Like beacons, the flares in Karnes County draw attention to one of the biggest and most profitable oil and gas finds in the world. Under the light belching from the towers, Mike Cerny takes a puff of medicine in what is now an empty inhaler.
Cerny and his wife say the inhalers and medicines the family takes now eclipse the royalties their property earns from fracking. “When you see your son with up to three nosebleeds a day, something’s wrong with this picture,” Myra Cerny said.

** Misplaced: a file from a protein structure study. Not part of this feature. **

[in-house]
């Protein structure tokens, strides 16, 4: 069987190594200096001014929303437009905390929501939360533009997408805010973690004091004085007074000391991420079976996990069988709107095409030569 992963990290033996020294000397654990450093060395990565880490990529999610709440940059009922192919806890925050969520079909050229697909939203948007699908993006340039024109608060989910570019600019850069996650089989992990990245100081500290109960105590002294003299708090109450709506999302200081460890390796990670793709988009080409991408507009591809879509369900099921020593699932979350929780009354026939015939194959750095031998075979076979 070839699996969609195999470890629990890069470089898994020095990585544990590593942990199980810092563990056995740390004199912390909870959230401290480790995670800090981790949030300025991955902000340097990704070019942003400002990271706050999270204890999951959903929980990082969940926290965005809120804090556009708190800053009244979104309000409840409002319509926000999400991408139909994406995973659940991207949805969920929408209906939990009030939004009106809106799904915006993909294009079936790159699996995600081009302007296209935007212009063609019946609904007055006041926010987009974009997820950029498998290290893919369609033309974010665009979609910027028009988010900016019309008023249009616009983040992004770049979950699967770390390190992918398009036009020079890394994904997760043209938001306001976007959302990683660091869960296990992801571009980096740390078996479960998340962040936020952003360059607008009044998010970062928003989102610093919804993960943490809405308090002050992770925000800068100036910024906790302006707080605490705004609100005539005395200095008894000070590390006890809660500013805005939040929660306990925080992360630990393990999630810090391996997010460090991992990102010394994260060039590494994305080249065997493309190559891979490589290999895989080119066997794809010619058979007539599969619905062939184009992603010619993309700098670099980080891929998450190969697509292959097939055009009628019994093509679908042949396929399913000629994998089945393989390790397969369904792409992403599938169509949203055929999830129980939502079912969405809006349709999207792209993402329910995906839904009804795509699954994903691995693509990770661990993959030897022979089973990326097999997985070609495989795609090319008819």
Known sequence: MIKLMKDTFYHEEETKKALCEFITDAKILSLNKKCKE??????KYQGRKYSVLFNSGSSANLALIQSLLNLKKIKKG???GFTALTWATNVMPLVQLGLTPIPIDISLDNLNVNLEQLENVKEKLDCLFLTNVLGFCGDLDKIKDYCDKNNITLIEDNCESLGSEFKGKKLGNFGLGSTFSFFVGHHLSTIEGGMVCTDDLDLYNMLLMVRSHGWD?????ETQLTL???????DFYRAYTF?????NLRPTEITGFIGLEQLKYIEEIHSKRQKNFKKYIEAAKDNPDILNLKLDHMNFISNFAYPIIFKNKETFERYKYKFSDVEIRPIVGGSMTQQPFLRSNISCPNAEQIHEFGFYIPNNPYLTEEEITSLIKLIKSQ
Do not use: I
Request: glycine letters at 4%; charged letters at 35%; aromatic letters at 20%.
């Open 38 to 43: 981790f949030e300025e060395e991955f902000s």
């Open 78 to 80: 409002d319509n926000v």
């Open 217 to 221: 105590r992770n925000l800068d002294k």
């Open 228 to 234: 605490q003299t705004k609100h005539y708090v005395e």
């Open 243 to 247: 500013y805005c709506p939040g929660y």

At first, she thought it was “time” that was taking its toll on their bodies.
“But it was coming on too fast, the symptoms," Cerny said. "And others the same age -- I have a twin sister -- aren’t sharing the same problems.”
But with every bit of gas and oil being extracted, the family noticed changes in their health. The flares are supposed to burn off unwanted gases, but the family noticed clouds of black smoke erupting with the flames.